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Volume 13, Issue 116

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  • John
    Volume 13, Issue 116 MONDAY JULY 8 2013 THE YEAR OF FAITH Nothing will be hidden from you if you have perfect faith and love for Jesus Christ, since these are
    Message 1 of 1 , Jun 28, 2013
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      Volume 13, Issue 116

      MONDAY JULY 8 2013

      THE YEAR OF FAITH


      Nothing will be hidden from you
      if you have perfect faith and love for Jesus Christ,
      since these are the beginning and end of life.
      Faith, indeed, is the beginning and love is the end.

      Clothe yourself with gentleness,
      and be renewed in faith,
      which is the flesh of the Lord,
      and in love, which is the blood of Jesus Christ.
      Faith, indeed, is the beginning and love is the end.


      * * *


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      IN THIS ISSUE :
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      . THE POPE IN LAMPEDUSA: MAY THE VEHICLES OF HOPE NEVER AGAIN BECOME VEHICLES OF DEATH
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      . THE POPE TO SEMINARIANS, NOVICES AND THOSE DISCERNING THIEIR VOCATIONS: OUR MISSION IS TO ENCOUNTER THE LORD WHO CONSOLES AND TO CONSOLE THE PEOPLE OF GOD
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      . ANGELUS: JESUS IS NOT AN ISOLATED MISSIONARY
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      . AUDIENCE WITH PRESIDENT OF TRINIDAD AND TOBAGO
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      .CARDINAL VAN THUAN: A WITNESS OF HOPE
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      . AUDIENCES
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      . OTHER PONTIFICAL ACTS
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      . SUMMARY OF THE ENCYCLICAL “LUMEN FIDEI”
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      . PRAYER FOR POPE FRANCIS
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      . PRAYER FOR BENEDICT XVI
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      . FOLLOW THE EDITOR ON TWITTER
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      . CATALOGUE OF LINKS
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      . EUCHARISTIC PRAYER IN HONOR OF THE SORROWFUL HEART OF MARY
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      . DAILY REMINDER
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      . ROMAN CATHOLIC NEWS ARCHIVES
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      . COPYRIGHT NOTICES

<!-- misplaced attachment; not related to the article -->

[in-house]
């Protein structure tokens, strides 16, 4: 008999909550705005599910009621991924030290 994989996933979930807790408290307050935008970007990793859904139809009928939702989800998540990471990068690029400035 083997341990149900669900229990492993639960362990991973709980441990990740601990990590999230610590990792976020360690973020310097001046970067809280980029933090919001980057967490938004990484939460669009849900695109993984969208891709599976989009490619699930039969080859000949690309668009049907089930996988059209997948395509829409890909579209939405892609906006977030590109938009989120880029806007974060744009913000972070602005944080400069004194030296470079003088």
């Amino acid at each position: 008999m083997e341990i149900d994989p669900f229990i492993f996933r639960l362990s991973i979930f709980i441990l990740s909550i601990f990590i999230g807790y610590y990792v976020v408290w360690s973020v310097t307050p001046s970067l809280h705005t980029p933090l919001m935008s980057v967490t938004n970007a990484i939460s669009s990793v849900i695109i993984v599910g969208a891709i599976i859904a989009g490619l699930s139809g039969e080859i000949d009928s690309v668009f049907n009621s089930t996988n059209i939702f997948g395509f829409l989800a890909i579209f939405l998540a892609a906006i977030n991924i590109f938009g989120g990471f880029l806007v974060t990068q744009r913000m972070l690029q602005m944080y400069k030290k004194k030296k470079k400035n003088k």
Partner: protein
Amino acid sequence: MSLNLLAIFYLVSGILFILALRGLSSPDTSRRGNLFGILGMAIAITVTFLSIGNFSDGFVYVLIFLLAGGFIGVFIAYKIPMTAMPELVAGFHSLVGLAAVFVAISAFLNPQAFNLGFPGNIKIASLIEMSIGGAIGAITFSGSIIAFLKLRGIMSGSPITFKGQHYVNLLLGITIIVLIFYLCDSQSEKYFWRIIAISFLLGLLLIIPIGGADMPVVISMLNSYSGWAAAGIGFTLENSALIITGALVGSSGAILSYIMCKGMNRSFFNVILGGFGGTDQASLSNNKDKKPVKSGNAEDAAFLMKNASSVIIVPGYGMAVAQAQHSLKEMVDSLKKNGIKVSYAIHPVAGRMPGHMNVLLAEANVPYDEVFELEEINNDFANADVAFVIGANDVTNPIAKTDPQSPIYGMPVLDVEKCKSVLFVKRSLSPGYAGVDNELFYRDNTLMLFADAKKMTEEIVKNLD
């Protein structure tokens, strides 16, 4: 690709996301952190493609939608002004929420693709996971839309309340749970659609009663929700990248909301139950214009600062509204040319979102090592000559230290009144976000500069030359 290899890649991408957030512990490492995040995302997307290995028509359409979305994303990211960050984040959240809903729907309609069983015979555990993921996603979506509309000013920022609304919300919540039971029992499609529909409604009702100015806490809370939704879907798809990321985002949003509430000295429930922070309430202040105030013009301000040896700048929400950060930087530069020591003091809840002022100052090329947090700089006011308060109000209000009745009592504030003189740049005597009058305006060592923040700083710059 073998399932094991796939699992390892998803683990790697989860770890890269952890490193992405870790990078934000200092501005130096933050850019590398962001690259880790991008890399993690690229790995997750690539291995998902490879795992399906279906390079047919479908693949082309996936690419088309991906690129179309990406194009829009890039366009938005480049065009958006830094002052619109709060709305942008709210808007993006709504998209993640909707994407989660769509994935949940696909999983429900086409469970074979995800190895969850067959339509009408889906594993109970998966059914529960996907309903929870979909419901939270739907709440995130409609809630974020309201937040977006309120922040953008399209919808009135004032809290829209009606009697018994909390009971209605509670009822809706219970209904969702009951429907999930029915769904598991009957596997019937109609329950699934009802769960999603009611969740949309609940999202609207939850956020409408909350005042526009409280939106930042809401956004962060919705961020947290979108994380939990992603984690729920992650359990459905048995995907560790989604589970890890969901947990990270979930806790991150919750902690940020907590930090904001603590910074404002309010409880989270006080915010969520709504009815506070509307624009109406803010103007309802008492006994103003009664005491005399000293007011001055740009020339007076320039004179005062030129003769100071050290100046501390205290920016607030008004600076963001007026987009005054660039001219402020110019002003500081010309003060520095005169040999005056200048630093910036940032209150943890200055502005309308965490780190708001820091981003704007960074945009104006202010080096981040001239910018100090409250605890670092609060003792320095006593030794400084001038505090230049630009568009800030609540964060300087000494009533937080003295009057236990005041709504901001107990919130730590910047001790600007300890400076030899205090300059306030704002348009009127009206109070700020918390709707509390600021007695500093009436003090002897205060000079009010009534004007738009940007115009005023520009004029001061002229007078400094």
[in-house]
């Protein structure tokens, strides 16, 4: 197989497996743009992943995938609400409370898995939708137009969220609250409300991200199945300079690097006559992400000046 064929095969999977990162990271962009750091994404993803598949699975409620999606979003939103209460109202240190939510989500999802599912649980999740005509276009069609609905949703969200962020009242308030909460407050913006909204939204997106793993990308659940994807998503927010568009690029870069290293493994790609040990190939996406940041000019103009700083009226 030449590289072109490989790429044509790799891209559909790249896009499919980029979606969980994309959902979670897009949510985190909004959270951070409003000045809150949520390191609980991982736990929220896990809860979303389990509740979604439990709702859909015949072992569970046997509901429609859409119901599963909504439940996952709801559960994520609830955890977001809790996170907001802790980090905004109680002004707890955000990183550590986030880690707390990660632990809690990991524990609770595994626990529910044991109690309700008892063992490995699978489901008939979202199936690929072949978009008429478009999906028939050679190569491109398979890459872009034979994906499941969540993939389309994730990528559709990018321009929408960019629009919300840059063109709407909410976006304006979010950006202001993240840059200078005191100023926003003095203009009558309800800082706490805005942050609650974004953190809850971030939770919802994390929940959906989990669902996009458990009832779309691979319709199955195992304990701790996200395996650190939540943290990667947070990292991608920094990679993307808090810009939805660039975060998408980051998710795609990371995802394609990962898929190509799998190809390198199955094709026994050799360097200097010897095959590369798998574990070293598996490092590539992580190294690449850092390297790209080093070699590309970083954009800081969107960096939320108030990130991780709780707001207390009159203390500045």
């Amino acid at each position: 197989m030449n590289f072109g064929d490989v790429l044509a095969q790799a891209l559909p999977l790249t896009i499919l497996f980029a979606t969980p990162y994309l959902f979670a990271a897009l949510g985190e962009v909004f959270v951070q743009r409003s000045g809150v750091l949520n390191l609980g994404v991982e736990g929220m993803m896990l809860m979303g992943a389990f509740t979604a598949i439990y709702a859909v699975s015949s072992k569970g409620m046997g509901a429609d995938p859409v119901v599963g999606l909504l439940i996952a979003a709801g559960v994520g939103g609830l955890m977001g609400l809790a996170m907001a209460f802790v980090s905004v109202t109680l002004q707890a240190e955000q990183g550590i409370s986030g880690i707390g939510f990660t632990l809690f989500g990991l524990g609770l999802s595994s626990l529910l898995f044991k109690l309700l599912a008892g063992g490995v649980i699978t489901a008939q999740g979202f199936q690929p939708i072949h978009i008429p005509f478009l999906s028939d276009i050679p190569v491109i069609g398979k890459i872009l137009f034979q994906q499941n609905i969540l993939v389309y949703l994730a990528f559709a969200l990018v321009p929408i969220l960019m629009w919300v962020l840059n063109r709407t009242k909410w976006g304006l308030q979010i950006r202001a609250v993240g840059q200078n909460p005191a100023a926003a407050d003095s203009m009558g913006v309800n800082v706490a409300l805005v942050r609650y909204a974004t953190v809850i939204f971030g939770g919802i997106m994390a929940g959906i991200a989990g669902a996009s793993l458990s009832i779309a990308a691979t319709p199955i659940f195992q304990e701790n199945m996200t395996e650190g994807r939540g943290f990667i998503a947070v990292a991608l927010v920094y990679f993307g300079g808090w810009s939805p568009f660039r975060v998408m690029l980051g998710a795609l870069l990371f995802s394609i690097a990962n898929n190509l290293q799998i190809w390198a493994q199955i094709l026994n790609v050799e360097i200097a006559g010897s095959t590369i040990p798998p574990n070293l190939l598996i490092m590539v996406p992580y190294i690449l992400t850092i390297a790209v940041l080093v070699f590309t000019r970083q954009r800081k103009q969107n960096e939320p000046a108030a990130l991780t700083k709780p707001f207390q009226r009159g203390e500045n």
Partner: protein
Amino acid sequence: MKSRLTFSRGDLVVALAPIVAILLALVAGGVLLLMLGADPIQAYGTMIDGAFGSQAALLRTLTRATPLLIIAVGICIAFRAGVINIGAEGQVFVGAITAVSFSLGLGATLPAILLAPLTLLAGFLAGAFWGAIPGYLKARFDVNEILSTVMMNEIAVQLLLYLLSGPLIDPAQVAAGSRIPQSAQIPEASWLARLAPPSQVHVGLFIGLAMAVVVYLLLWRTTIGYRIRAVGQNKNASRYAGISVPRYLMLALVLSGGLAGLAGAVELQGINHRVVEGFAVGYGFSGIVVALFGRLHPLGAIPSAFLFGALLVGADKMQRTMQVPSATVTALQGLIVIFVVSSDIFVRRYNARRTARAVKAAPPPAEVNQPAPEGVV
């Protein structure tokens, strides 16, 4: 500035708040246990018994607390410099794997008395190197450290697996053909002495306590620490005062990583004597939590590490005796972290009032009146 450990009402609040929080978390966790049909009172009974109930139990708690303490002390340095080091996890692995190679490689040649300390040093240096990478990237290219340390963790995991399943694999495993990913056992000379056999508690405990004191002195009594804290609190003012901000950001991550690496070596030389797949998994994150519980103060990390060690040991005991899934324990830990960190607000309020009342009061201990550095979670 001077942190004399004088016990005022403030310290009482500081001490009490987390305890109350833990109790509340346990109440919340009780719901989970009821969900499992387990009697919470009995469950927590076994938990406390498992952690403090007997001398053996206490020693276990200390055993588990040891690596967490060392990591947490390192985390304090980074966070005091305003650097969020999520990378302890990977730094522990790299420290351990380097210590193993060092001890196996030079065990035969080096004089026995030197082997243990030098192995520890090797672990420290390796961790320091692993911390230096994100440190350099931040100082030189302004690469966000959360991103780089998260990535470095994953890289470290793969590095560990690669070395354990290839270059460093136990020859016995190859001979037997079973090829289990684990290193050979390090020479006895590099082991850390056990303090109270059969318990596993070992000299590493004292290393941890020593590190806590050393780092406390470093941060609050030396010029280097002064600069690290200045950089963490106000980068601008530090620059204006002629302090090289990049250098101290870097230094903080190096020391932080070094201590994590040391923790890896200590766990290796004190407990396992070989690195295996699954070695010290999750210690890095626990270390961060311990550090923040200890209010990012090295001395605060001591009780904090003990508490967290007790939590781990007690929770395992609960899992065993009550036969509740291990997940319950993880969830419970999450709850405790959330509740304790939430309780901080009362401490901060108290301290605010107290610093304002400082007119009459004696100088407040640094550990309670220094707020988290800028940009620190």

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      . THE POPE IN LAMPEDUSA: MAY THE VEHICLES OF HOPE NEVER AGAIN BECOME VEHICLES OF DEATH
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      Vatican City, 6 July 2013 (VIS) – This morning Pope Francis visited the Italian island of Lampedusa, for some years now an entry point for many immigrants, a significant number of whom have lost their lives in the surrounding seas.

      The pope left Rome's Ciampino military airport at 8 a.m. arriving at the island at 9.15 a.m., where he was greeted by Archbishop Francesco Montenegro of Agrigento and by the mayor of Lampedusa, Giuseppina Nicolini. He proceeded to Cala Pisana by car, where he boarded a boat in order to arrive at the Port of Lampedusa by water. The Holy Father was accompanied by fishermen in their boats. During the journey he committed a wreath to the sea in memory of those immigrants who have lost their lives attempting to cross the Mediterranean. The Pope's arrival at the port at Punta Favarolo was awaited by a group of around fifty immigrants, many of whom were Muslims, living in the reception shelters in Lampedusa. He greeted them one by one and then departed by car for the nearby “Arena” sports field in the Salinas quarter, where at 10.30 a.m. he celebrated Mass.

      The form of the Mass was that “for the forgiveness of sins”, included in the Missal among the masses for particular needs. The Liturgy of the Word consisted of readings on the story of Cain and Abel, the massacre of the innocents, and the Miserere psalm, emphasizing the penitential aspect of the Liturgy. The Holy Father used a crosier and chalice from the parish of Lampedusa made of wood from boats by which immigrants reached the island. Both were the work of an artisan from Lampedusa, who had offered assistance to the immigrants during the emergencies.

      Given below are extensive extracts from the Pope's homily:

      “Immigrants dying at sea, in boats which were vehicles of hope and became vehicles of death. Since I first heard of this tragedy a few weeks ago, and realised that it happens too frequently, it has constantly come back to me like a painful thorn in my heart. So, I felt that I had to come here today, to pray and to offer a sign of my closeness, but also to challenge our consciences lest this tragedy be repeated. Please, let it not be repeated!”

      The Pope thanked the inhabitants and the authorities of Lampedusa for their solidarity with the immigrants and greeted the Muslims among them who today begin the fast of Ramadan, and added, “The Church is at your side as you seek a more dignified life for yourselves and your families”.

      “This morning, in the light of God's Word which has just been proclaimed, I wish to offer some thoughts to challenge people's consciences, to lead them to reflection and a concrete change of heart”.